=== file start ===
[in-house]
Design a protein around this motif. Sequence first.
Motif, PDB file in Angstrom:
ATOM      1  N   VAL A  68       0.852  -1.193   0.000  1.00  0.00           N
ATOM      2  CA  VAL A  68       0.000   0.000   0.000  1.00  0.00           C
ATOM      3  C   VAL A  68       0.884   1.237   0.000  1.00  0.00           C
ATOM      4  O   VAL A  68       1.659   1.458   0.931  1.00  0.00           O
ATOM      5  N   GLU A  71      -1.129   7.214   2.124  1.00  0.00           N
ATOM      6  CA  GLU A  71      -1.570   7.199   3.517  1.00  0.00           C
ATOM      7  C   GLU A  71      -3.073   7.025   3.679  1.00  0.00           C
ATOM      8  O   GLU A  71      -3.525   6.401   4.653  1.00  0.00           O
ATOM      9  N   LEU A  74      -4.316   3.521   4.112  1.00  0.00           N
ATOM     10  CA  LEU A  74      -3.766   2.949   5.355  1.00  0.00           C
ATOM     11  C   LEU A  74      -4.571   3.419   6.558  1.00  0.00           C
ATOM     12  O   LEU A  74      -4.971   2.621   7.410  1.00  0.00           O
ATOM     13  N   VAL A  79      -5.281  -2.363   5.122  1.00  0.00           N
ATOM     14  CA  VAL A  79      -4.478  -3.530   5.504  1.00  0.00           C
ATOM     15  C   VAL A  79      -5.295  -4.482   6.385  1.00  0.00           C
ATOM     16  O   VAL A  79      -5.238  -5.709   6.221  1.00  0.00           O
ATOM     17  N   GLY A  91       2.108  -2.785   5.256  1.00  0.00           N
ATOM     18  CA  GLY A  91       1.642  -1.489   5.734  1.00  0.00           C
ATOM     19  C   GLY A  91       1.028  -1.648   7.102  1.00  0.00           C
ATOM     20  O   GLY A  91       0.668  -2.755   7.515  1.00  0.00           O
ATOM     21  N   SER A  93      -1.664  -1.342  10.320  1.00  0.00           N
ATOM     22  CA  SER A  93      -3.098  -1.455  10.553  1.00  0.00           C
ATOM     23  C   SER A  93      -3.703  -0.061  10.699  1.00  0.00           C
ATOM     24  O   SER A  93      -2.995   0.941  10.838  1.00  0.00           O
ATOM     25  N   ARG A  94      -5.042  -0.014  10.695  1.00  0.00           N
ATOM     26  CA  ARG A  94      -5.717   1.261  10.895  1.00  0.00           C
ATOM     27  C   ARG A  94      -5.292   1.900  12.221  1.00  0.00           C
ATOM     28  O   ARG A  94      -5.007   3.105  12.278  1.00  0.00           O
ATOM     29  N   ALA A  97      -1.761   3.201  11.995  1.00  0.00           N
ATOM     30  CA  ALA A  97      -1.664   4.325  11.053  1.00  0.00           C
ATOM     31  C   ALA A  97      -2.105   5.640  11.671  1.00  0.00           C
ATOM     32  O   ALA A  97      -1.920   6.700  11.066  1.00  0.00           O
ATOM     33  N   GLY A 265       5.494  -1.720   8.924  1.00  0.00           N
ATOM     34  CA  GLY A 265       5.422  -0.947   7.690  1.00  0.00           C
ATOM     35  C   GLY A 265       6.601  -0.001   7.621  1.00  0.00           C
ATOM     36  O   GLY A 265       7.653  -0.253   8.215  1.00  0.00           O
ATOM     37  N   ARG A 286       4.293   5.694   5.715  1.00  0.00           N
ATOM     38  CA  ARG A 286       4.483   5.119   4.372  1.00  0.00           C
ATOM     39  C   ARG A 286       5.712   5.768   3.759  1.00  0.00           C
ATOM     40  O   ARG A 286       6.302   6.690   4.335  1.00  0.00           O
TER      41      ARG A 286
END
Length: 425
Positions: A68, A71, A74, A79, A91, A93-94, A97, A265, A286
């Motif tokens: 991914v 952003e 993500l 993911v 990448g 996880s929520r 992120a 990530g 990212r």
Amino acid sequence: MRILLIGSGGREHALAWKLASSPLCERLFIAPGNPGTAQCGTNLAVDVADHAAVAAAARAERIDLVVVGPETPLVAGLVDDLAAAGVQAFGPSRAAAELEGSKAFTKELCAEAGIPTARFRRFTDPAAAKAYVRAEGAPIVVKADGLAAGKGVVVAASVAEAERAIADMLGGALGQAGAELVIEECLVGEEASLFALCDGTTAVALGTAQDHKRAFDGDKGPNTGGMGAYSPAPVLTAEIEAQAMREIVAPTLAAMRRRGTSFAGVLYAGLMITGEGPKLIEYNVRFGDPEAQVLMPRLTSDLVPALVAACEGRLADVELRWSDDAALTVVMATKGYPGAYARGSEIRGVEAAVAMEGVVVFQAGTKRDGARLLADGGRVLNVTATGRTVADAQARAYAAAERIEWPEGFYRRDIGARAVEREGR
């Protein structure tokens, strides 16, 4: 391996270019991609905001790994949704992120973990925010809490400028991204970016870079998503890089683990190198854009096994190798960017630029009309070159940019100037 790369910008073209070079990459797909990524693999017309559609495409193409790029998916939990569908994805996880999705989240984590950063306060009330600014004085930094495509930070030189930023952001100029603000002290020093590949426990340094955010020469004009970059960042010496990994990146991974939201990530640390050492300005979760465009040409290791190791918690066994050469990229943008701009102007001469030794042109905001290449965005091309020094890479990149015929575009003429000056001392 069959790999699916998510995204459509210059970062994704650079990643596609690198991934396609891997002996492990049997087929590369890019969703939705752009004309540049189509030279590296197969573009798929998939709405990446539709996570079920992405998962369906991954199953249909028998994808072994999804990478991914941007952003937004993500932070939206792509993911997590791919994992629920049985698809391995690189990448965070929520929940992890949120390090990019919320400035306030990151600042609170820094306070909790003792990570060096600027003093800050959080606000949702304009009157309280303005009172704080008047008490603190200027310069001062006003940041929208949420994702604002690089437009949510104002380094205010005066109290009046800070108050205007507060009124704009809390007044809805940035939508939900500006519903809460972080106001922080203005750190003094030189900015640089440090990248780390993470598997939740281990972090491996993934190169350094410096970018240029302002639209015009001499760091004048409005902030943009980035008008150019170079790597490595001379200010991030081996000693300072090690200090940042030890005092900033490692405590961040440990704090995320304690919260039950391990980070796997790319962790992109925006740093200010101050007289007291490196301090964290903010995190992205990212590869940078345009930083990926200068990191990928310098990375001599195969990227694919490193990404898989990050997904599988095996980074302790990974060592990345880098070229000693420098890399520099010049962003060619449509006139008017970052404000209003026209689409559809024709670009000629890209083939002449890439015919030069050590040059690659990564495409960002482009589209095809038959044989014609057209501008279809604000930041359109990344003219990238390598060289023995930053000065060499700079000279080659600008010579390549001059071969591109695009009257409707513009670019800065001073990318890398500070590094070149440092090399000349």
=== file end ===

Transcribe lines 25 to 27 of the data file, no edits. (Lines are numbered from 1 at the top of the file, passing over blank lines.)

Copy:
ATOM     22  CA  SER A  93      -3.098  -1.455  10.553  1.00  0.00           C
ATOM     23  C   SER A  93      -3.703  -0.061  10.699  1.00  0.00           C
ATOM     24  O   SER A  93      -2.995   0.941  10.838  1.00  0.00           O